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Dark Dark Dark under the bright lights

Lost ones: Band leader Nona Marive Invie of the Dark Dark Dark evokes an intimate otherworldliness in her music.
Photo by Tod Seelie

There’s something inherently otherworldly about a band called Dark Dark Dark.

The group, fronted by vocalist, pianist, and accordion player, Nona Marive Invie, plays folk songs that range from minimal, haunted confessionals showcasing Invie’s powerful voice to ramshackle, gypsy-style pieces driven by tumbling drum beats that somehow end up back where they began. A binding thread in the music is a repetition that creates the intoxicating sensation of being lost in time, going around and around.

“Things that feel cyclical and cycles feel good to me,” said Invie, who will perform at the Knitting Factory on Oct. 12. “I feel like I write in circles a lot.”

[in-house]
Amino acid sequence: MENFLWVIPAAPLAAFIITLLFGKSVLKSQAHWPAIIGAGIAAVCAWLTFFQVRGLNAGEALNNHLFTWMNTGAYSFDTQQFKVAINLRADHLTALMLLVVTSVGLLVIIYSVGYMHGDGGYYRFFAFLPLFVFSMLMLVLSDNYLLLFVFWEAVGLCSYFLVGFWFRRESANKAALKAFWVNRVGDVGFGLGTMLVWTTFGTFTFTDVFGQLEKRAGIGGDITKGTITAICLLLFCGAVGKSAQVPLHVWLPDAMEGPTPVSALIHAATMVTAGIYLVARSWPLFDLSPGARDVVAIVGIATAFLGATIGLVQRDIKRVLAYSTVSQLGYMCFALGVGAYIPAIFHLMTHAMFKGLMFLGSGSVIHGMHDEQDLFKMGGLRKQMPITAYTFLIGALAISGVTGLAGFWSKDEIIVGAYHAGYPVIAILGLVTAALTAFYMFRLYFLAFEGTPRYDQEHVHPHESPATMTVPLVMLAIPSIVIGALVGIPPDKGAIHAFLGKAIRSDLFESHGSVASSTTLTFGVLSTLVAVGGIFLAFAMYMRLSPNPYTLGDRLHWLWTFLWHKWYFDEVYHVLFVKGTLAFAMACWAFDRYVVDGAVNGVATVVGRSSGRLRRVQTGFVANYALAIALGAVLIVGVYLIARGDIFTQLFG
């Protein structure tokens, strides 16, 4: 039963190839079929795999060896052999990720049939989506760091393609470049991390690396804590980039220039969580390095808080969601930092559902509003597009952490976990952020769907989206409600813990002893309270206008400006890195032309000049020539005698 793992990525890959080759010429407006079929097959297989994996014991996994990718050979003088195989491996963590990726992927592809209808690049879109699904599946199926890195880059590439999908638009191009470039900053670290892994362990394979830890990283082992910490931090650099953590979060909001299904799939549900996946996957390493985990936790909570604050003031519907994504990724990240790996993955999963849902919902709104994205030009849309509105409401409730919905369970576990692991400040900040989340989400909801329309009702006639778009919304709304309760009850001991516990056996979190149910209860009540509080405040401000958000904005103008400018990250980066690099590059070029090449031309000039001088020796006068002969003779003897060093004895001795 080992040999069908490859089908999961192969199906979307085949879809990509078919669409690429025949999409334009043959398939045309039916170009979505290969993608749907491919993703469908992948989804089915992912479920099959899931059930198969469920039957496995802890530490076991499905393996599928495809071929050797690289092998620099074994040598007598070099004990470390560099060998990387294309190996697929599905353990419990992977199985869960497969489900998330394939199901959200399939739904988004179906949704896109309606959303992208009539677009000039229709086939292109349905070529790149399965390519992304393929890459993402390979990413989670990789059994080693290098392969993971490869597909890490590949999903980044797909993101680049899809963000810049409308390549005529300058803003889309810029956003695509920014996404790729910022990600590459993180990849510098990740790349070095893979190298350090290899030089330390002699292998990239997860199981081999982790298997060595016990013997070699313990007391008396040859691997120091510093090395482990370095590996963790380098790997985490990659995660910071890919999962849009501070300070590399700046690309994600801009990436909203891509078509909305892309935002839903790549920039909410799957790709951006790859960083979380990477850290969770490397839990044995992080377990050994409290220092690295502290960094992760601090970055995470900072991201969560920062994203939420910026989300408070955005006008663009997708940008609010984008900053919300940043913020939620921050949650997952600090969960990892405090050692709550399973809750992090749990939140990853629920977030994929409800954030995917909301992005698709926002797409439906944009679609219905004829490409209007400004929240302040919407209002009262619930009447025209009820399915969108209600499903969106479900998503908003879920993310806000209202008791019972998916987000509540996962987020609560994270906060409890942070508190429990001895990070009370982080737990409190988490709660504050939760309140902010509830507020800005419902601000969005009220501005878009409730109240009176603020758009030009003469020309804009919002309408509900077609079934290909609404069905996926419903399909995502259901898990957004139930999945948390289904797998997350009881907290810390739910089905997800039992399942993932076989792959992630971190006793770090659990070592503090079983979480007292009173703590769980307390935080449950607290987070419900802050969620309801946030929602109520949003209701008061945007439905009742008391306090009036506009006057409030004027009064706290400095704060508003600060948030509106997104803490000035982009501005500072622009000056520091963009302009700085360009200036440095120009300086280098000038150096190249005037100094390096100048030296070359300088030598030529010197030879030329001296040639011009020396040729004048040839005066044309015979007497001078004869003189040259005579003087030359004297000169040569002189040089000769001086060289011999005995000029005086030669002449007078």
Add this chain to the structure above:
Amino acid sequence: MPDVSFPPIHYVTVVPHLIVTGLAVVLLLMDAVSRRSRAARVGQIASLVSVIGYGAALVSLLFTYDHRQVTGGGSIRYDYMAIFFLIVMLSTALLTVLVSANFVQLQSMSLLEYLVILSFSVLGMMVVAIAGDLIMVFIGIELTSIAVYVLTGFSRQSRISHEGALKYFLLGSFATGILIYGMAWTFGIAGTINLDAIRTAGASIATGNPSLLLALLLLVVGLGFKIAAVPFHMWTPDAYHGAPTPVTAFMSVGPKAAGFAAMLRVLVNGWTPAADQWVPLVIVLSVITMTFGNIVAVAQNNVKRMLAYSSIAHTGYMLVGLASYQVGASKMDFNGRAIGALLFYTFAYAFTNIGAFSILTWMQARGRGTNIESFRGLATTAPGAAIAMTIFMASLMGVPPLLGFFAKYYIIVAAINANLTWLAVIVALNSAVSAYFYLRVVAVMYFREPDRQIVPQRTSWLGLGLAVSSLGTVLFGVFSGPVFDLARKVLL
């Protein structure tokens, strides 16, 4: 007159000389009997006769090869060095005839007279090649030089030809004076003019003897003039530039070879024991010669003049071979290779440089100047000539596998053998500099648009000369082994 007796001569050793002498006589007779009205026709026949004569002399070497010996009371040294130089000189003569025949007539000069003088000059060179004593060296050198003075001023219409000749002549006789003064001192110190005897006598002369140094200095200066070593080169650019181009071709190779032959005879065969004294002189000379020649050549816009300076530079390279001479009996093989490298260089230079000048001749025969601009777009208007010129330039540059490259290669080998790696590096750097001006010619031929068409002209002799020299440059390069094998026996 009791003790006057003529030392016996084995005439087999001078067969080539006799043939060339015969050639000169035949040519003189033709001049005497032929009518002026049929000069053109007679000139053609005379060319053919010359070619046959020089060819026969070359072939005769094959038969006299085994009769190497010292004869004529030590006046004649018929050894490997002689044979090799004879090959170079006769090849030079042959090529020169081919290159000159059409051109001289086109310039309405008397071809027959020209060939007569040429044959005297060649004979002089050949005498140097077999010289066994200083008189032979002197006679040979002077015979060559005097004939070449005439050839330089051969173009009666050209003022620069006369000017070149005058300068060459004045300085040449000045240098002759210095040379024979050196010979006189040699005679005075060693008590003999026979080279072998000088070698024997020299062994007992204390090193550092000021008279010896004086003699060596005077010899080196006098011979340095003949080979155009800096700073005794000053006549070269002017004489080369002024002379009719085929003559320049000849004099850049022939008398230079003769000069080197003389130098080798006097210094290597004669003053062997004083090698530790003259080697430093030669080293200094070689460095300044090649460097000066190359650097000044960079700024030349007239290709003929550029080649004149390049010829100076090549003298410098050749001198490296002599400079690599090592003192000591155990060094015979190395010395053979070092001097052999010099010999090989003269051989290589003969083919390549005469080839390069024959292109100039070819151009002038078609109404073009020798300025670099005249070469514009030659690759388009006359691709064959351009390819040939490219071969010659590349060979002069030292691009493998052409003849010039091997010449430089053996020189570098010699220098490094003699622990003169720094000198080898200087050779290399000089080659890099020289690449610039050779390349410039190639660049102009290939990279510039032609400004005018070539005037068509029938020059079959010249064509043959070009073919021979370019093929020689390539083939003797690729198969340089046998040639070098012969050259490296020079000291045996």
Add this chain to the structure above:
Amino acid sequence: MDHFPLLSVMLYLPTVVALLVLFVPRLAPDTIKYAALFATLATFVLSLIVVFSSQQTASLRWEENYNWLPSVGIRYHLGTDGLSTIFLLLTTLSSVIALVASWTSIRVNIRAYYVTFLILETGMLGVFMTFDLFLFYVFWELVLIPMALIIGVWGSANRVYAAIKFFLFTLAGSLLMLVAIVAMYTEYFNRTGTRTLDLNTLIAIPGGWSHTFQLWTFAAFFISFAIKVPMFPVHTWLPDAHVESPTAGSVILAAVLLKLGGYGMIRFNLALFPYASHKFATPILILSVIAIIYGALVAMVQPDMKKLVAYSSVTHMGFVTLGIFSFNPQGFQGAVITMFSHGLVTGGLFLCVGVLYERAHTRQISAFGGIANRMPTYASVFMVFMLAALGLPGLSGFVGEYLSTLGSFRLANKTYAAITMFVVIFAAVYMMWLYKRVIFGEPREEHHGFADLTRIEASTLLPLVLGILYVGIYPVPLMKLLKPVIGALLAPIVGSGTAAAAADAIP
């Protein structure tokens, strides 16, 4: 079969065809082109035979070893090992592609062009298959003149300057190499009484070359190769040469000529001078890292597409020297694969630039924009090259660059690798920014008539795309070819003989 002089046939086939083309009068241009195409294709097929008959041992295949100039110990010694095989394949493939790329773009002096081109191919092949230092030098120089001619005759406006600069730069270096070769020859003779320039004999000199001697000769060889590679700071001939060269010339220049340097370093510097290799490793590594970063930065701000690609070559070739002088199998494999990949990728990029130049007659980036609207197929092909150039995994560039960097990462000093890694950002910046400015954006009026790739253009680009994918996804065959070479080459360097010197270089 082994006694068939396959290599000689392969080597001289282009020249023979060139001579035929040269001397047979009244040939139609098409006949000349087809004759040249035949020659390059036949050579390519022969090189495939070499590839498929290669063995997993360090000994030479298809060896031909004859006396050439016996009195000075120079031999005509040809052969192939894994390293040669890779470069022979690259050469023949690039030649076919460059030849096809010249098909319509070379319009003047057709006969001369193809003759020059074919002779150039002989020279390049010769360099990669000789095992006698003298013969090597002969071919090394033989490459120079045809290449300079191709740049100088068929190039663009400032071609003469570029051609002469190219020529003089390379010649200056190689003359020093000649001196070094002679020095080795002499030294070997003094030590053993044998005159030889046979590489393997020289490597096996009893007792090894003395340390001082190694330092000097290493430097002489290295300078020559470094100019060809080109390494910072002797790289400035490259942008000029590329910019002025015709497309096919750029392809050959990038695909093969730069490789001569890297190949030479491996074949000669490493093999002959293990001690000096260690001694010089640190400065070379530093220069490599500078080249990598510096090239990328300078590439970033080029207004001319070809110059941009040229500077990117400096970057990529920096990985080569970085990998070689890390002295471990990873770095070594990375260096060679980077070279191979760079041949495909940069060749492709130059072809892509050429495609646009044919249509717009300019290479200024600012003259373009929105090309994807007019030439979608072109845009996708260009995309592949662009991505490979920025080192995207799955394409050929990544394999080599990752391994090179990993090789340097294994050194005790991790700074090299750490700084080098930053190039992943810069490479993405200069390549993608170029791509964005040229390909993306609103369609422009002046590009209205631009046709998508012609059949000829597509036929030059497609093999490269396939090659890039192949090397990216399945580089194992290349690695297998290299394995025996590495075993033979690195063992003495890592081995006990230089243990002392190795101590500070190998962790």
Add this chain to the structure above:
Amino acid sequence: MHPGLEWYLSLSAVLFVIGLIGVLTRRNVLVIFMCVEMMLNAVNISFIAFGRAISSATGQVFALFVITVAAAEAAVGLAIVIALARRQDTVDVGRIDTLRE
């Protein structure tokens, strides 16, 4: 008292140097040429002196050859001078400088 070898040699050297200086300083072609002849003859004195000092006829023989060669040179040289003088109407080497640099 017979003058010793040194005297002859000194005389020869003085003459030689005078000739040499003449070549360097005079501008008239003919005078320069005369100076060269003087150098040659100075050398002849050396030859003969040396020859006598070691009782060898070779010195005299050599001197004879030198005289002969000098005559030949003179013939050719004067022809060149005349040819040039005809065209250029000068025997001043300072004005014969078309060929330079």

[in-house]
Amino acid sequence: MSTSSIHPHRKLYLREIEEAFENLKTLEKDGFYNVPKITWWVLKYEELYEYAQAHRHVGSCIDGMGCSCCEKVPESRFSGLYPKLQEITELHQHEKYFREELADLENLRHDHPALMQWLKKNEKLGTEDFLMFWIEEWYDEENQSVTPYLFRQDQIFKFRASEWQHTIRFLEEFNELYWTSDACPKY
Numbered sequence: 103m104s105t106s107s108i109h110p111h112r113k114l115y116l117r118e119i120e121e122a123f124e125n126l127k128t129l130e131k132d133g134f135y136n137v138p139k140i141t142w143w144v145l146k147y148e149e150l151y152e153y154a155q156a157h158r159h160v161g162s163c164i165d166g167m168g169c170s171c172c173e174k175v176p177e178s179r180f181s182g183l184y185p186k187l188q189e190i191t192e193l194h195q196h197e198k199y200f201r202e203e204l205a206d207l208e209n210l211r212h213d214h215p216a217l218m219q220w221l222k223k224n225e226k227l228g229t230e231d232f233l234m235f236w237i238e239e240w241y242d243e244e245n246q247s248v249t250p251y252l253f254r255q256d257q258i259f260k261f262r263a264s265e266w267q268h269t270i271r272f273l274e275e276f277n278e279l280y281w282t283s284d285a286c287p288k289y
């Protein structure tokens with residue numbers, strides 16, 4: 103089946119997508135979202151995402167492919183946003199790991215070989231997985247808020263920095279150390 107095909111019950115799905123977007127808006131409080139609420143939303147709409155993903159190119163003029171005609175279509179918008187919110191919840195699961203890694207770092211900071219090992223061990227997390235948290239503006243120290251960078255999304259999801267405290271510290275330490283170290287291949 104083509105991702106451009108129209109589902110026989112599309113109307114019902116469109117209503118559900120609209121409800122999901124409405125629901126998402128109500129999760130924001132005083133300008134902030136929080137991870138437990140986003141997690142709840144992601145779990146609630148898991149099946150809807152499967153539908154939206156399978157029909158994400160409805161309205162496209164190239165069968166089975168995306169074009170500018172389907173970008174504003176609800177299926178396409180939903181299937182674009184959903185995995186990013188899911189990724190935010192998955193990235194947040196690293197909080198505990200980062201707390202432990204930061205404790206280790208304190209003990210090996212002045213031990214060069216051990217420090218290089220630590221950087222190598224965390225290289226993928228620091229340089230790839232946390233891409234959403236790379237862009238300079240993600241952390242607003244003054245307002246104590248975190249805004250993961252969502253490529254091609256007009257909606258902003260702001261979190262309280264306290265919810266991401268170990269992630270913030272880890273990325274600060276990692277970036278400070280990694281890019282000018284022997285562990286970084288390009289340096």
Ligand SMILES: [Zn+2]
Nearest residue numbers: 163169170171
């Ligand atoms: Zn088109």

The hypnotic feel, however, is hardly isolating or dizzying. Rather, the intimacy of the music and lyrics provides for a very personal experience, both for the band and the audience. Invie enjoys exploring new ways to connect with the individuals in the crowd, as she grows more and more comfortable on stage.

“I feel more sensitive to people watching,” she said. “It’s fun experimenting with eye contact. Just communicating with people like that.”

Though Invie has spent her summer swimming in the lakes of her hometown Minneapolis, she once called New York home. Members of Dark Dark Dark have spent time as residents of Brooklyn, too. The borough’s flourishing musical scene provides a savvy audience that the group looks forward to catching up with next month.

“It’s always one of a handful of the best shows,” Invie said. “It’s sort of like we’re performing for our peers. I really feel like I’m trying to participate in that community.”

Dark Dark Dark at the Knitting Factory [361 Metropolitan Ave. between N. Fourth and N. Fifth streets in Williamsburg Phone (347) 529–6696] Oct. 12, 8 pm, $15.

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